Douglas County officials on Tuesday will hear from local agencies on how much money it will cost them if the Lawrence office of the Kansas Department of Social and Rehabilitation Services is shut down.
Gov. Sam Brownback and SRS Secretary Robert Siedlecki Jr. have said the Lawrence office and eight others must be closed as a cost-cutting move.
Siedlecki has said eliminating the Lawrence office — the largest of the planned closures — will save the state $413,000; most of that is in rent that the state pays.
But local officials have said the long-term costs — both in dollars and human suffering — will far outweigh the savings.
For example, Patricia Roach Smith, chief operations officer for the Bert Nash Community Mental Health Center, said without the SRS office in Lawrence it will be extremely difficult to help people with severe mental illnesses or the homeless to access food stamps, general assistance, or vocational-rehabilitation.
Brownback and Siedlecki have said people will be able to obtain services by traveling to SRS offices in Topeka, Ottawa or Overland Park. They can also use the Internet or telephone, they have said.
But Smith said that is not going to work out.
“My fear is that people will not be able to get to outlying offices. Their transportation system is fragile at best,” she said. “I’m worried that people will give up.”
She said Bert Nash will do what it can to fill the gap, but state funding to mental health centers has been cut drastically in the past several years.
In addition, Lawrence school board members said they were concerned that the lack of a local SRS office would decrease the response time in child abuse cases and increase the process time for accessing medical care.
“There already are proximity issues involving the SRS Family Preservation program,” the school board said in a letter to Brownback. “When a family is assigned an SRS work from Lenexa, as opposed to Lawrence, it’s more difficult to receive face-to-face services, even in crisis situations. A school social worker recently stepped in to assist a family living in an abandoned mobile home because the Lenexa SRS Family Preservation worker was not scheduled to be in Lawrence that day.”
Lawrence School Supt. Rick Doll told school board members, “Without people here locally, we believe we will see a significant deterioration of services for the community.”
Douglas County commissioners have invited local agencies, such as non-profits and law enforcement, to testify Tuesday on what the SRS closure would do to their operations. That meeting begins at 9 a.m. at the county courthouse, 11th and Massachusetts street.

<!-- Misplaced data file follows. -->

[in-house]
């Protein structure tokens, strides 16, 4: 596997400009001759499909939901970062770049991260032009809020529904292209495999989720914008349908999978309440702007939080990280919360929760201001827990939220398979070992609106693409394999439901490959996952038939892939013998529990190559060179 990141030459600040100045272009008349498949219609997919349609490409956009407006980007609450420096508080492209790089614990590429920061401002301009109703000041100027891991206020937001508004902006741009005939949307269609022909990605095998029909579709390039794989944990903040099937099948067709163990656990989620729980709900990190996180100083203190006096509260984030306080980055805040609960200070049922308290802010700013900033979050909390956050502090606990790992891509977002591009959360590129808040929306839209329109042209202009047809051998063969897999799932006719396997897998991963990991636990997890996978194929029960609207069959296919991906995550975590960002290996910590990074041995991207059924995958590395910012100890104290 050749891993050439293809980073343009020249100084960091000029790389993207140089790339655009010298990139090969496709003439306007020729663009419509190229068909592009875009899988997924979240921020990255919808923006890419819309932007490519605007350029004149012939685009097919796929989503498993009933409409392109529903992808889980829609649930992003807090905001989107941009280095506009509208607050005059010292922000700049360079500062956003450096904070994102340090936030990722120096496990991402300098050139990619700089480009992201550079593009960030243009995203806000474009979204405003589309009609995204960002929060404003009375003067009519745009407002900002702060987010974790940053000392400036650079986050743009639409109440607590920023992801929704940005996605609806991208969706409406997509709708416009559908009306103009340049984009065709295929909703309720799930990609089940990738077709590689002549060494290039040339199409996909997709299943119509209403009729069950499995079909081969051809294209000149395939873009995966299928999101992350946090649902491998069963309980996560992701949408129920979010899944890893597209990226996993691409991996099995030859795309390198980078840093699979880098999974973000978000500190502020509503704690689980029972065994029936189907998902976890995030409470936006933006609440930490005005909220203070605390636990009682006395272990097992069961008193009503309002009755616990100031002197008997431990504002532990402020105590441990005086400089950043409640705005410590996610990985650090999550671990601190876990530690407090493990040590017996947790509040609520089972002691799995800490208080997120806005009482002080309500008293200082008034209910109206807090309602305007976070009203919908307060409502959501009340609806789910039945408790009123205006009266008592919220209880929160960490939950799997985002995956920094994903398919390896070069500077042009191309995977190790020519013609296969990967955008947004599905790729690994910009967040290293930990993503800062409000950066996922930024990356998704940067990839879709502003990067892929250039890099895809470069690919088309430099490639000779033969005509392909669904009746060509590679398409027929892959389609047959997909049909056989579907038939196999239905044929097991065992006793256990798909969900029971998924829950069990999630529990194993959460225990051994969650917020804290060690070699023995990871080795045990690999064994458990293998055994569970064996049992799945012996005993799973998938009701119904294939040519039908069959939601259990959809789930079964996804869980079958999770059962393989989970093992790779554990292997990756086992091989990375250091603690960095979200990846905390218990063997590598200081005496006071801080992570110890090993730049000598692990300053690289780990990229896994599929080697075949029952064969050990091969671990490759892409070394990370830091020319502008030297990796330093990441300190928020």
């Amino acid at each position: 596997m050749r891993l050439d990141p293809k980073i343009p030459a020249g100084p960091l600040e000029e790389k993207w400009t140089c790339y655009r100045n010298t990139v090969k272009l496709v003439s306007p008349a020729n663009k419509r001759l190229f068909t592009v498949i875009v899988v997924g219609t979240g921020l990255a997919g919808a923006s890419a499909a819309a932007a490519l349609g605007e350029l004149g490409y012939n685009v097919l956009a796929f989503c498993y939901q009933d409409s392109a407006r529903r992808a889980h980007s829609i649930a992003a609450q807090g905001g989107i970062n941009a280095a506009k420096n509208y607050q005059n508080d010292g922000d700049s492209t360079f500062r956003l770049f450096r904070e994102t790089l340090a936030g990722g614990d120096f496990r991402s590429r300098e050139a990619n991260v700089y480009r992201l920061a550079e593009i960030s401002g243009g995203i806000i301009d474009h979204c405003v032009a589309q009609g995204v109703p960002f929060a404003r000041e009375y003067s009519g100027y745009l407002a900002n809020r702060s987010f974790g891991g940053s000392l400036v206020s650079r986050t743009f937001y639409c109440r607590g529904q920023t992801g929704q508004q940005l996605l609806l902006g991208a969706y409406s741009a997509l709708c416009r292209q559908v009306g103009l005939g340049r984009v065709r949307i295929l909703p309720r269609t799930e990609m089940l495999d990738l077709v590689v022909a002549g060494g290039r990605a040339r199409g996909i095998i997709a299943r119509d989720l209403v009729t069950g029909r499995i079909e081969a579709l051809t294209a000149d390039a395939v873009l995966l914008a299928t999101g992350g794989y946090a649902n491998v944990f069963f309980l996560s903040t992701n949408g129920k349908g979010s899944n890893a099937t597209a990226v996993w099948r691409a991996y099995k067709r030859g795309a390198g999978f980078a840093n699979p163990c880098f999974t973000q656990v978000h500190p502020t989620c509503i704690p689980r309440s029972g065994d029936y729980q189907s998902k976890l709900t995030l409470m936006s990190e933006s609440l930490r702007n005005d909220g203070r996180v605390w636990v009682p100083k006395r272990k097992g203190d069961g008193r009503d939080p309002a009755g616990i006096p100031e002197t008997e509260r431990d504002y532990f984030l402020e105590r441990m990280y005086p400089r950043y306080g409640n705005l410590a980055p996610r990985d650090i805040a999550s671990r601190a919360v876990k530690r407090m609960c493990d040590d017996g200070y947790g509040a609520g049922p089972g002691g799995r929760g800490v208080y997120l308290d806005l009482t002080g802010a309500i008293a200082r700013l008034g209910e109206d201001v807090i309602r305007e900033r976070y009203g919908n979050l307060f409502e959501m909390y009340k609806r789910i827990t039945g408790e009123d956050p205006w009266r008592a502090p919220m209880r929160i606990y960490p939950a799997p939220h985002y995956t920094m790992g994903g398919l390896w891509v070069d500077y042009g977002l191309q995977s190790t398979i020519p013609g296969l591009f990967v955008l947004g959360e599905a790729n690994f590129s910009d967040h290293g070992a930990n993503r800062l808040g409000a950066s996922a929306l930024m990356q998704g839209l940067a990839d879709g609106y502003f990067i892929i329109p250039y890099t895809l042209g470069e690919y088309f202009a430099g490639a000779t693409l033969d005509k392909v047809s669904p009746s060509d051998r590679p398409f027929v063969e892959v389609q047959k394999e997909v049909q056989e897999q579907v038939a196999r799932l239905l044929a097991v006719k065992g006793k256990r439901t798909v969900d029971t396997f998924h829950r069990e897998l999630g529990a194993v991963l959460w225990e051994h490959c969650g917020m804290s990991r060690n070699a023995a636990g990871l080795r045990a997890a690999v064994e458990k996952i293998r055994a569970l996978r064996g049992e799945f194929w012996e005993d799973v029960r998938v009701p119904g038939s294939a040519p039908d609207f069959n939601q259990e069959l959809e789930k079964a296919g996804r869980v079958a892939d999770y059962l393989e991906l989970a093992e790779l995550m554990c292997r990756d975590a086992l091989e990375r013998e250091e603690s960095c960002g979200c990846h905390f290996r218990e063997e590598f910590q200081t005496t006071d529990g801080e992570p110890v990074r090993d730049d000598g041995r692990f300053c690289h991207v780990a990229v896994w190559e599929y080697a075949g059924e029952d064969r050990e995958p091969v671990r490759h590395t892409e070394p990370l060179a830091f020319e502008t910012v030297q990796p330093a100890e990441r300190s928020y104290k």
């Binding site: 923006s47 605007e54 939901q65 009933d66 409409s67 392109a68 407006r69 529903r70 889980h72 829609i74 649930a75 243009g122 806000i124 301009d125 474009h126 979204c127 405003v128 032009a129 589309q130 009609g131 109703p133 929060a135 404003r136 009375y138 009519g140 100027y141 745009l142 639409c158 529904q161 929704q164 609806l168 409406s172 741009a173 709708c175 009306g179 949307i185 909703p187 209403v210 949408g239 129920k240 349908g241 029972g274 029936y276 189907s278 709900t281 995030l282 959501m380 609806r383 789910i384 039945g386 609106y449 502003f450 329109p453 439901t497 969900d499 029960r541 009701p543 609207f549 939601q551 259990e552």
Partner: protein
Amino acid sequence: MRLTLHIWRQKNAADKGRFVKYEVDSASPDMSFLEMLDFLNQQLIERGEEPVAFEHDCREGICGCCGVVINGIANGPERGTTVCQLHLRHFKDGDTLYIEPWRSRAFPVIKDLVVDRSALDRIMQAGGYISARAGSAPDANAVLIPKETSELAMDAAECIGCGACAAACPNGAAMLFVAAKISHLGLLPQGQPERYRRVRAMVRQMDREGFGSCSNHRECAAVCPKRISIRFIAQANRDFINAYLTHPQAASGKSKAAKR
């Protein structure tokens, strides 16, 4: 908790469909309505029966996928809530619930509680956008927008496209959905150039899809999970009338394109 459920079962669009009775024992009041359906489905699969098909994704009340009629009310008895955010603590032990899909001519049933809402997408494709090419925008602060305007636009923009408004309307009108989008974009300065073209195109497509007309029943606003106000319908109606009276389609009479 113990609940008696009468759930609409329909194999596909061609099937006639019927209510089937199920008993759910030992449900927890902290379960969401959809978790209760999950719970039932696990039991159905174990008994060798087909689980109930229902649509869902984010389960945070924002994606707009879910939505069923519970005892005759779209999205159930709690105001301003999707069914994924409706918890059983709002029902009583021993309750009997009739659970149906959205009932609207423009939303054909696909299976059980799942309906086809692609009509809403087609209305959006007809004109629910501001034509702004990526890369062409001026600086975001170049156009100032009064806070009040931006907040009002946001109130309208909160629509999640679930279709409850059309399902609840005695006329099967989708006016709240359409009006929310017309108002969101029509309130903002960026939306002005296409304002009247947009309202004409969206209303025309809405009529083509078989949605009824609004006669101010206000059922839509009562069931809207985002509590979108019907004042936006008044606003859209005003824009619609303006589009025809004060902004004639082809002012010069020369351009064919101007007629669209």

“Since so little is known about the actual cost of this closure, we wanted to spend some time hearing from the agencies and what their thoughts are on what the costs will be to try to fill in the gaps,” said Commissioner Nancy Thellman.
During public meetings last week, attended by more than 1,000 people, there had been talk among some in the community that perhaps local governmental entities could take over from the state the rental cost to keep open the SRS office.
Thellman said local officials need more information about the impact of closing the SRS office.
“Before we can talk about possible solutions, we feel like we need real information,” she said.
“It’s likely that the state’s effort to make their budget better, may very well make our budget much worse,” she said.
County Administrator Craig Weinaug said, “We need to assess what the cost impacts are on the local entities.
“It would seem to be a relevant consideration for the state to consider as a part of their closing decision. Hopefully that information will be helpful as they hopefully evaluate whether this would be a good decision for the Kansas taxpayer,” he said.
Since July 1, when Siedlecki announced the Lawrence closure, local officials have been working on ways to try to reverse the decision.
On Monday, city and county officials asked Brownback to reconsider the planned closure.
In a letter, written on behalf of the Lawrence city commission and Douglas County commissioners, officials say that many will lose SRS services and already-strained agencies will be further strained.
“We write specifically to request complete reconsideration of the closure,” says the letter signed by Lawrence Mayor Aron Cromwell and Jim Flory, chair of the Douglas County commissioners.
“It is imperative that the Department not only maintain services in our community, but that those service be provided by keeping the existing office intact rather than simply providing a presence in Lawrence, or expecting our residents to travel to other SRS regional offices to obtain services,” the letter said.
Brownback’s office said the governor would review the letter and respond to the officials.